The Array of Things isn’t just a city-scale scientific instrument, but an educational platform as well. Students working with AoT data and building their own sensor boxes can receive valuable hands-on experience with technology, programming, data analysis, and the scientific method. Since 2016, the Array of Things project has created and refined an educational curriculum called “Lane of Things” at Lane Tech College Prep High School in Chicago, introducing over 450 students to sensor and data science projects.
This coming year, with a fourth round of funding from the Motorola Solutions Foundation, Lane of Things will officially expand into a broader “School of Things” project, bringing the AoT-inspired curriculum to a larger group of teachers and schools. The new approach started this summer with a week-long professional development workshop for 11 Chicago middle and high school teachers, taught by the Lane of Things project team.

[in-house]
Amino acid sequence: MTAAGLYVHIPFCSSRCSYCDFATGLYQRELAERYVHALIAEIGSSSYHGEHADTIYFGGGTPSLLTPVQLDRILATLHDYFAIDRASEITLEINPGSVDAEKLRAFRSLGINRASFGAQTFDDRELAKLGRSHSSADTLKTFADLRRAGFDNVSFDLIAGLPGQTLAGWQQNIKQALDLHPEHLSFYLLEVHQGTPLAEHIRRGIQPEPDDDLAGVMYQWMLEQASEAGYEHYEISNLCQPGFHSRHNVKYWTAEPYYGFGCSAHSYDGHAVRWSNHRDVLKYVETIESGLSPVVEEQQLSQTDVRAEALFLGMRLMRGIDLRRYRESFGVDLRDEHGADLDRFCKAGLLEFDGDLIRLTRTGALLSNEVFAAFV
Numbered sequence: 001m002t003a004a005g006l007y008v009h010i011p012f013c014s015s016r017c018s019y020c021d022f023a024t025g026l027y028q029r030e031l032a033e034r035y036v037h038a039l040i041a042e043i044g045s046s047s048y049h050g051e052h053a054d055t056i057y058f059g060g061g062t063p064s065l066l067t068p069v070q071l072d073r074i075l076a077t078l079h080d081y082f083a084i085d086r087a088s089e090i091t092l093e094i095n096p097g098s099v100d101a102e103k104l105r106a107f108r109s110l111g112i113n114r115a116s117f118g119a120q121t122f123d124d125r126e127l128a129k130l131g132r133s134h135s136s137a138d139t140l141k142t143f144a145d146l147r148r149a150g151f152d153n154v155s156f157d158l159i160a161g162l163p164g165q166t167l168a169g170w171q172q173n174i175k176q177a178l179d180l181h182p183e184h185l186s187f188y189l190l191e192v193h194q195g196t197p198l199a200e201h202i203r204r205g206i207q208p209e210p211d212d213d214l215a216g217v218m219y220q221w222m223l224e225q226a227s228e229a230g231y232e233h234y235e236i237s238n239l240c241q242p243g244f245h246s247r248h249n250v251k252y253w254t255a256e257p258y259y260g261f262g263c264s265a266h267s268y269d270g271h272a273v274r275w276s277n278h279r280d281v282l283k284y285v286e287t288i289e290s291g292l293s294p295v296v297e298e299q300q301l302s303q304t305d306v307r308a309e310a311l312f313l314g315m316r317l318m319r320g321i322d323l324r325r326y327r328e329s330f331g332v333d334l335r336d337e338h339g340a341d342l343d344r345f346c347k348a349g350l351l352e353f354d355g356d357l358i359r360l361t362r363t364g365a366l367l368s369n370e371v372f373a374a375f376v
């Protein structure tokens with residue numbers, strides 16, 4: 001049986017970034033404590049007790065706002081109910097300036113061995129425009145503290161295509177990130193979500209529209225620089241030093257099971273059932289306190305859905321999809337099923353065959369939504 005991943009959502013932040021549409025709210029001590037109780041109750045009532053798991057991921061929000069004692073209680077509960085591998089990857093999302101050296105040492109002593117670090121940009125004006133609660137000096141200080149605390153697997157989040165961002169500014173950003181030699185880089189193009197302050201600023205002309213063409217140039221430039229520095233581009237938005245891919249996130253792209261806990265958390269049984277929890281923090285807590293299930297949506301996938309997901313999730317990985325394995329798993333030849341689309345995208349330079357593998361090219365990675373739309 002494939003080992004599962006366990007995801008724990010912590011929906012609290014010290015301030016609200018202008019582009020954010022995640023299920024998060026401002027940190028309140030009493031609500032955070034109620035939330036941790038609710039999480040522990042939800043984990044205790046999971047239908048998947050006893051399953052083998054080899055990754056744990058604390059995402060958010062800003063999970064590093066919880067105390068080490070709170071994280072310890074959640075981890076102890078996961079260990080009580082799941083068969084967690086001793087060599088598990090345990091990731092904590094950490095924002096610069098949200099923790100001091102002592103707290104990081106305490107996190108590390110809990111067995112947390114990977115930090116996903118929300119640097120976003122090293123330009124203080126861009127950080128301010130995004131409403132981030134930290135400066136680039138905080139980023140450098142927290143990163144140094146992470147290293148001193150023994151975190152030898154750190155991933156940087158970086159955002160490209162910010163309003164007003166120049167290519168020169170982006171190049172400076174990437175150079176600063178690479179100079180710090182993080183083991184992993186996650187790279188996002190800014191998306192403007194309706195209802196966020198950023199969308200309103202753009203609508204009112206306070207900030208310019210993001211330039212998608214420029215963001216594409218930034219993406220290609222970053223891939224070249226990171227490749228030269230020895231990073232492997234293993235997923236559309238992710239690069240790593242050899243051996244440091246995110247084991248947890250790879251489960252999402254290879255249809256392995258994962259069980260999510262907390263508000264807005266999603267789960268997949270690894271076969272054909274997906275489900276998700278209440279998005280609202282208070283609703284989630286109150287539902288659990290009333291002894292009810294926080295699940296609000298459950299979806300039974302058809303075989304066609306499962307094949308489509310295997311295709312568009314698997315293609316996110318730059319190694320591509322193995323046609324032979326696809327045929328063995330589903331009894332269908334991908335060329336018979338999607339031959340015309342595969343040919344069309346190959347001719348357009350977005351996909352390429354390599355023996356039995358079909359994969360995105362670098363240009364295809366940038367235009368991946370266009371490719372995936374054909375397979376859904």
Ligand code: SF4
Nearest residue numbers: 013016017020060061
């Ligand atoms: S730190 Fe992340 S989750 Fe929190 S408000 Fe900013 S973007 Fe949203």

Across Chicago, more than 100 Array of Things nodes currently collect data on temperature, humidity, air pressure, magnetic field, vibration, light and air quality, publishing the results openly for scientists, city officials and residents to use. With Lane Tech, AoT researchers have developed a pilot educational program to bring the project into schools as well, using off-the-shelf devices to help students create their own smaller version of the sensor network.
While the first two years of the workshop, called “Lane of Things,” deployed student-built sensors in the hallways of Lane Tech, this year’s partnership with the Chicago Cubs presented a much higher-profile experimental setting. Students quizzed team representatives on their most pressing questions, designed custom devices for measuring sound, weather and customer satisfaction, and installed the sensors around the ballpark in late May.
CHICAGO—The University of Chicago (UChicago) announced today that the National Science Foundation has awarded a $3.1 million grant to support the development of Array of Things, an urban sensing instrument that will serve as a fitness tracker for the city. Starting next year, 500 Array of Things (AoT) nodes will measure data on Chicago’s environment, infrastructure and activity to scientifically investigate solutions to urban challenges ranging from air quality to urban flooding. The ultimate goal of this innovative community technology platform is to help make cities cleaner, healthier and more livable.